Tuesday, May 21, 2024

The long game

To help fill in for departed stars Keevan Veinot and Alex Carson, the Dalhousie University Tigers men’s basketball team brought in Joshua Koulamallah, a six-foot-four forward from Gatineau, Que. However, it has been a long road to joining the three-time defending Atlantic University Sport (AUS) champions for Koulamallah.

The forward began his college basketball career in Division II of the National Collegiate Athletic Association in the United States, playing for Adelphi University Panthers in Garden City, N.Y. In his freshman season, Koulamallah tore his Achilles tendon in a game against Concordia College Clippers. 

He got hurt on Dec. 1, 2019, receiving surgery on his Achilles in January 2020. He wasn’t cleared by doctors to practice for nine months after surgery.

“A lot of times, I questioned if I was ever going to be able to play at the highest level again or even to play basketball in general because it was a really, really tough rehab,” said Koulamallah.

After years of ups and downs for Joshua Koulamallah, he has established himself with the Dalhousie University Tigers. The second-year forward will look to help the Tigers this season to further success as the three-time defending AUS champions. (Waterloo Athletics)

Familial presence 

Family is everything to Koulamallah; he said it’s his motivation to wake up and work hard each day. He has five younger brothers. Along with his mother, Koulamallah marks each of their initials on his socks before each game, reminding him who he is playing for. 

Koulamallah said his mother gives him the confidence to go out every day to be the best person he can be. Throughout his recovery from his Achilles tear, his mother was his motivation. “Throughout my injury, when I would doubt myself and question if I’ll be able to come back and play at a level that I used to play at or even better, my mom would be my number one supporter,” Koulamallah said. “In her head, I’m a superstar. She thinks I’m able to do anything.” 

Koulamallah said his teammates at Adelphi were supportive and would help him train. Sometimes, they’d give him a hand working on his shooting form. One time, his teammates fed him passes while he sat in a chair on the court. His team would also help him get groceries in what Koulamallah said was a time of ups and downs.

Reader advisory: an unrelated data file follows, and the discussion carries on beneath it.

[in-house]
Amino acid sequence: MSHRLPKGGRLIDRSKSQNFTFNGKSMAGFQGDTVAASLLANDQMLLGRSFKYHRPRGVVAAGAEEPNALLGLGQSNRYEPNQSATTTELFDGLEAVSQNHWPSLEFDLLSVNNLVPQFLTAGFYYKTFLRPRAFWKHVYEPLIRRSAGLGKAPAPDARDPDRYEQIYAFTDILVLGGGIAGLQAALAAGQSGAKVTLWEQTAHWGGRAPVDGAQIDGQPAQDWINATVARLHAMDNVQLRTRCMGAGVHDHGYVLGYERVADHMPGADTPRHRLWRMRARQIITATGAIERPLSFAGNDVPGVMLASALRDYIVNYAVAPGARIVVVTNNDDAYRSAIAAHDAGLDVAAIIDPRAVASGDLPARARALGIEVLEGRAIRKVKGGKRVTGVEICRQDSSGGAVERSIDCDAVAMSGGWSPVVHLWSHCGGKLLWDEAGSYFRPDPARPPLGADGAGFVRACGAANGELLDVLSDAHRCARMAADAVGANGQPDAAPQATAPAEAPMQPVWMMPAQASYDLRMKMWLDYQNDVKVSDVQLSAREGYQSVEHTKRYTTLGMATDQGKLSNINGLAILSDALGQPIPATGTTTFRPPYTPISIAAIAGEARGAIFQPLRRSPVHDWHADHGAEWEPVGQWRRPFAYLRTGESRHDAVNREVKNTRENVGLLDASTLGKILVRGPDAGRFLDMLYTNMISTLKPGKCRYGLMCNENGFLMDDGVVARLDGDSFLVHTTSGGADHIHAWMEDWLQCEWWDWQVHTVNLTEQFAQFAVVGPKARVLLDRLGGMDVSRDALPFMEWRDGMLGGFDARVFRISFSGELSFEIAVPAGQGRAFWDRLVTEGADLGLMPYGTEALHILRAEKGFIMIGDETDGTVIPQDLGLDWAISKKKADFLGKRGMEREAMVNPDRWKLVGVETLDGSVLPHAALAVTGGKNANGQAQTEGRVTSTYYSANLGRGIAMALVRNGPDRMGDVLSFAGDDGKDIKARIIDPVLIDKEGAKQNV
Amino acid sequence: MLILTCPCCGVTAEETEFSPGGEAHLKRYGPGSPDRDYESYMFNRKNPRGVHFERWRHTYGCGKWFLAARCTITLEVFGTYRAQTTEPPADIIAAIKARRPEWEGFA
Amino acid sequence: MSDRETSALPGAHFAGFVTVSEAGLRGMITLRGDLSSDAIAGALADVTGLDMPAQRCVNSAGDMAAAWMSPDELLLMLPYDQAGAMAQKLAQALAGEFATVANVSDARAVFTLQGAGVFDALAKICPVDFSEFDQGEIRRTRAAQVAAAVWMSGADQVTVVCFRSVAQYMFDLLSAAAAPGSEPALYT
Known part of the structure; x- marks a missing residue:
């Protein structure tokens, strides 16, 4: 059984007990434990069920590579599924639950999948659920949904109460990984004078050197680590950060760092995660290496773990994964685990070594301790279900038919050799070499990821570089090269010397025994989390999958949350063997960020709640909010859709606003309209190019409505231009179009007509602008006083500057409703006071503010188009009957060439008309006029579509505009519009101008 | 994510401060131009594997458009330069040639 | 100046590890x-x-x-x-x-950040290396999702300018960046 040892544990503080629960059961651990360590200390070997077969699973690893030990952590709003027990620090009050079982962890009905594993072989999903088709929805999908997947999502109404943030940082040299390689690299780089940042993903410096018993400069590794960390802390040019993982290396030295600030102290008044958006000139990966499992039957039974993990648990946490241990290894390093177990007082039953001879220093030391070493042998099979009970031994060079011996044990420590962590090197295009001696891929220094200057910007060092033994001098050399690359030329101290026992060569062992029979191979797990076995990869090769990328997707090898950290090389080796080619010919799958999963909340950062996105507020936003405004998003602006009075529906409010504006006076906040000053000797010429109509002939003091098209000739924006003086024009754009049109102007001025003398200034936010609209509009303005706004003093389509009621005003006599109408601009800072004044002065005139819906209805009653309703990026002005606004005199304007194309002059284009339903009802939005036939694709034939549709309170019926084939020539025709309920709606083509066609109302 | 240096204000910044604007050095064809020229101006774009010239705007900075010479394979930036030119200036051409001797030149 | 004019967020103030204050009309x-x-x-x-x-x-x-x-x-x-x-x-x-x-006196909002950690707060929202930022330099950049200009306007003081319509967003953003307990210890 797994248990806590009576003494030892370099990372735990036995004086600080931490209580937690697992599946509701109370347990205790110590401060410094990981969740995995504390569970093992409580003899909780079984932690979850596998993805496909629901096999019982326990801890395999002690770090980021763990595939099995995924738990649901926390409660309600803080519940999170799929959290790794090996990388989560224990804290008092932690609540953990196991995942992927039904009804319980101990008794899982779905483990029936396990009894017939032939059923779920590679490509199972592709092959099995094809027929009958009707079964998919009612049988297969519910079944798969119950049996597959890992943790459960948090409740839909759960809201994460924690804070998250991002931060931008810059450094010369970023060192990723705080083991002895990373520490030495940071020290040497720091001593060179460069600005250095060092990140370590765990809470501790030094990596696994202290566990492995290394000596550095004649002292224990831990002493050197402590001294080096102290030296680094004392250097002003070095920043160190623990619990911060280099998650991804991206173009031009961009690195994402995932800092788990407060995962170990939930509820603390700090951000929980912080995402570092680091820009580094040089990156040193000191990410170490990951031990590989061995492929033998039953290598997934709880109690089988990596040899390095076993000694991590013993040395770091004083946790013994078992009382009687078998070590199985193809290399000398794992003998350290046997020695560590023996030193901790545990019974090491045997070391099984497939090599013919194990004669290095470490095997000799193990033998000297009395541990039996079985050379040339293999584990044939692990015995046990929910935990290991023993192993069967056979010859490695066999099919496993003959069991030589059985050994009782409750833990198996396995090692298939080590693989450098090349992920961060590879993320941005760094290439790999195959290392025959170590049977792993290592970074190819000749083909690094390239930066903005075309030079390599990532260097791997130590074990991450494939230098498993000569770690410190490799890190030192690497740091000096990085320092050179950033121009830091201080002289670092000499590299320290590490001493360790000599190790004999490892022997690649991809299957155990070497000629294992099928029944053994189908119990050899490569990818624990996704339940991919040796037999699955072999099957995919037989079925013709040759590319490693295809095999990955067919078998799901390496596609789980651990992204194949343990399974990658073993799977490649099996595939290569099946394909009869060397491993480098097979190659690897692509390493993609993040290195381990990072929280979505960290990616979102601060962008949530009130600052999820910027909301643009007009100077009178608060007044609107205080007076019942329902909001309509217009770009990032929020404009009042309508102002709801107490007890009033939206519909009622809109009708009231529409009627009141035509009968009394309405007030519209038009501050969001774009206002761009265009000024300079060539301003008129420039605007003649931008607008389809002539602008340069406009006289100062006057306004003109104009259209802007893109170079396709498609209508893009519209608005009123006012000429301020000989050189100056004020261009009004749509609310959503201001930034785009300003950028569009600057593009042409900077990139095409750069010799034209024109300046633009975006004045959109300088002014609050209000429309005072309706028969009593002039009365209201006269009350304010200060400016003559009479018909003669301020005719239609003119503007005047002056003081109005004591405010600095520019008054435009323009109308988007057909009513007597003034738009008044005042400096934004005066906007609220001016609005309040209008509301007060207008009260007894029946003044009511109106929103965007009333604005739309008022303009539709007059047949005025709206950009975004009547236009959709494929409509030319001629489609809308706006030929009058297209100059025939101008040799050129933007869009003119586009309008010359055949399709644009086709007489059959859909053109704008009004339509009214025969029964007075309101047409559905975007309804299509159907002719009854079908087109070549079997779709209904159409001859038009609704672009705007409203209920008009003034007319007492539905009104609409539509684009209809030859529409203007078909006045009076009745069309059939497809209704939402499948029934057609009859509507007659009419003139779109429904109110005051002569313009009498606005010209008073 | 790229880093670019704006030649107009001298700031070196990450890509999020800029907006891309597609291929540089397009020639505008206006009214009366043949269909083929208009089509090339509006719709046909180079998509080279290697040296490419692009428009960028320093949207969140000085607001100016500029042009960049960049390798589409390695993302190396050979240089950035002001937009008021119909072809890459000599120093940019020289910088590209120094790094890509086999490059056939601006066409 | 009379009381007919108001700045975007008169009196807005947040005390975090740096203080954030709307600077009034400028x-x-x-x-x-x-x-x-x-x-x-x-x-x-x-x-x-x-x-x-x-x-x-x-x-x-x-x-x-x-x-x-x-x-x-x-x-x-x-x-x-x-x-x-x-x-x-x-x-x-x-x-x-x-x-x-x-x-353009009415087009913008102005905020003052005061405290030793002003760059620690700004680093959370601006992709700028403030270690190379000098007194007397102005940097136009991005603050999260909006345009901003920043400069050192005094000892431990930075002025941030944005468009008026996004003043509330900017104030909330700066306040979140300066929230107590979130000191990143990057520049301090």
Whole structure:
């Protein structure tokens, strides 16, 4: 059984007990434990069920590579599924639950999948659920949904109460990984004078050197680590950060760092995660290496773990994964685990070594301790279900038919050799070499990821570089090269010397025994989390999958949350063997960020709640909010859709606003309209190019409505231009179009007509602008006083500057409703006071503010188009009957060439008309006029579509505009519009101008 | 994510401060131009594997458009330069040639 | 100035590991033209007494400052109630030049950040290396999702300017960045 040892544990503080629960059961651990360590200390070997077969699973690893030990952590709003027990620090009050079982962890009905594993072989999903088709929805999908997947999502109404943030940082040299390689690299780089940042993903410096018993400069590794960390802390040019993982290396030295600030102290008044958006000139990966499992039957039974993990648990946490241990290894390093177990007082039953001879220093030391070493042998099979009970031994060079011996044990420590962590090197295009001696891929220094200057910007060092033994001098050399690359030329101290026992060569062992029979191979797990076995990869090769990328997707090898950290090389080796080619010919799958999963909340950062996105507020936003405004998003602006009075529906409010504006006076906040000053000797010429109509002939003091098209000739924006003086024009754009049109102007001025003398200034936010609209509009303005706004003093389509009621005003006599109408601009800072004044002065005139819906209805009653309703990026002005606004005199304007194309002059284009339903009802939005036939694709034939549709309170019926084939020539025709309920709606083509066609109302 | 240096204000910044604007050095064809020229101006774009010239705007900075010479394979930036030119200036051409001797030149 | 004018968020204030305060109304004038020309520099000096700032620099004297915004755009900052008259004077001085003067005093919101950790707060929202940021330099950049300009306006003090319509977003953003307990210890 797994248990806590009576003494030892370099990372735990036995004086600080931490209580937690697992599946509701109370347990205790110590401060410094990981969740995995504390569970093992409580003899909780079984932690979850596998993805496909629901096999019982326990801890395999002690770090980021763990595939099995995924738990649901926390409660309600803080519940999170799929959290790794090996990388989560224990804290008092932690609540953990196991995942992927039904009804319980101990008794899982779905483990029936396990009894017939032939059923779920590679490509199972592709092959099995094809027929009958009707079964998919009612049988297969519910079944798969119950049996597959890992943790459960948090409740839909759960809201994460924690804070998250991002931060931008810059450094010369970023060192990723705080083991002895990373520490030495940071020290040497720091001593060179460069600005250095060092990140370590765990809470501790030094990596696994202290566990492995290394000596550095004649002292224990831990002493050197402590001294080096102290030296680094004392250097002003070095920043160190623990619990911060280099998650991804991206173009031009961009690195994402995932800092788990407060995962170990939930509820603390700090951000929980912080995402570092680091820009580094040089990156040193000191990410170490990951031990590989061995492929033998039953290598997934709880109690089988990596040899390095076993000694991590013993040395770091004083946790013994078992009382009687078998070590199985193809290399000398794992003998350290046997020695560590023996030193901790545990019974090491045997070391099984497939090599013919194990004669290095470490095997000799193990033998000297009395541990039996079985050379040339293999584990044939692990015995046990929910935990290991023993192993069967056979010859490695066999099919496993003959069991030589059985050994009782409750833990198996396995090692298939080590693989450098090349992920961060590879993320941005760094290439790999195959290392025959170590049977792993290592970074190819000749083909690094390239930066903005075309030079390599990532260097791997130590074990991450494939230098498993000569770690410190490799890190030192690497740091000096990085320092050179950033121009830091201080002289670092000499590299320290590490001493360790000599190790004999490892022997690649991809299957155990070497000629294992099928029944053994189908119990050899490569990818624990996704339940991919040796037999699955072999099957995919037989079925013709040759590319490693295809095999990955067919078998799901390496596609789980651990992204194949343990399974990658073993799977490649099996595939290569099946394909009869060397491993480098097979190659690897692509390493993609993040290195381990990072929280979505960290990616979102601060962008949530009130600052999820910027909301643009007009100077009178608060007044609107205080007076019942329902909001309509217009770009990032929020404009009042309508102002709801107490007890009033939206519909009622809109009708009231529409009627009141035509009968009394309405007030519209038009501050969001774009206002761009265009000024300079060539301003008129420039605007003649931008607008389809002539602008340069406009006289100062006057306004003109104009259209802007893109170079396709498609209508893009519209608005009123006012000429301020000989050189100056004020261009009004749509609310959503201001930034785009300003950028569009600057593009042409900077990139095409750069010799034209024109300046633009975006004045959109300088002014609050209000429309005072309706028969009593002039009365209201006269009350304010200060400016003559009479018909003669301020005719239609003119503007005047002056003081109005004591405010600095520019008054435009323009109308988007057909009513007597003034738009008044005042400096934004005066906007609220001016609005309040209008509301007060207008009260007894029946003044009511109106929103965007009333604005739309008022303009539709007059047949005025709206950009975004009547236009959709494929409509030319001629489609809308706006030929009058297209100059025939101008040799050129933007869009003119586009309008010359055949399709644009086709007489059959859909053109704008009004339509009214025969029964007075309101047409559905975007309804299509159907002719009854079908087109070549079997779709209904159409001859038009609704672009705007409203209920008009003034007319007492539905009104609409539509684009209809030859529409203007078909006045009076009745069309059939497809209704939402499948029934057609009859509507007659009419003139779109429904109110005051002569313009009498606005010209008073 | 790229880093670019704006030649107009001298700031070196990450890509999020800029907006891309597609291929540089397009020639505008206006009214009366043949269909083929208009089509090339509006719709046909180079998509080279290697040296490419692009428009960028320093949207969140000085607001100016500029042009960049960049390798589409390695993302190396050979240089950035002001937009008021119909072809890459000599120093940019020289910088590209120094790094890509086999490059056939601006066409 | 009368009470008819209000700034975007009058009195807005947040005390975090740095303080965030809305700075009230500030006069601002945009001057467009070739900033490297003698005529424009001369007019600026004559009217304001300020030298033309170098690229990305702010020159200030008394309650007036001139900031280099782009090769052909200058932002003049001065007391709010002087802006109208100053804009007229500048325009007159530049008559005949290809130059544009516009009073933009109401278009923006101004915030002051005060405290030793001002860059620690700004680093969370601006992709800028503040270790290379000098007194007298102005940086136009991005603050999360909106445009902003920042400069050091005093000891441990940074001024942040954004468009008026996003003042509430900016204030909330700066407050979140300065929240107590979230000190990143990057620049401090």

“It was definitely one of the hardest things I’ve ever had to go through. In all aspects, people think an injury is just a physical toll. But it has a toll on you mentally, spiritually and emotionally. It’s been a rollercoaster over the last few years,” said Koulamallah.

Outside of basketball, Koulamallah has a passion for writing. Right now, he’s working on a book about living and moving through life from his age generation’s perspective. Usually, basketball is Koulamallah’s getaway but when he tore his Achilles, he began to write and used it as a coping mechanism.

Basketball after recovery

When Koulamallah finally recovered from his injury, his first full season back was cancelled by COVID-19. It was hard for him to gauge his comeback as he was again forced into a pause. Following the loosening of COVID-19 public health restrictions, Koulamallah then played 27 games in the 2021-2022 season for Adelphi.

Then one day after touring Dal, Koulamallah decided to settle on the move from New York to Halifax for the 2022-2023 season. The forward said he received a lot of love during his early June visit to meet his coaches and faculty, but the players also warmly received Koulamallah.

“It was a no-brainer for me. I’m like, this is genuine love,” said Koulamallah.

When the preseason came around, Koulamallah’s mindset was “win.” Koulamallah shined against the Trinity Western University Spartans on Oct. 9 in exhibition play, scoring 26 points while shooting 53.8 per cent from the field. He made 11 for 12 shots from the free throw line. 

“I wanted to prove to everybody that we’re not on the downfall at Dalhousie. We really have an opportunity to do something special,” said Koulamallah.

Koulamallah’s first AUS game

Koulamallah said he wants to prove he is one of the best players in the conference and country. Once it became time for the Tigers to take on the University of New Brunswick (UNB) Reds on Oct. 28, Koulamallah had mixed emotions. But once the game began, he said, “all the jitters went out and I was ready to play.”

The Tigers prevailed over UNB by a 70-67 score, with Koulamallah producing 20 points and eight rebounds while shooting 8 for 14 from the field. Earning player of the game honours in his first game as a Tiger is a moment Koulamallah said he would cherish forever.

“It’s a testament to all the work that I’ve put in the last few years. Coming back from an Achilles injury isn’t easy,” Koulamallah said. “To go out there and win the player of the game in your first game, I definitely don’t take any of that for granted.”


Most Popular

Recent Comments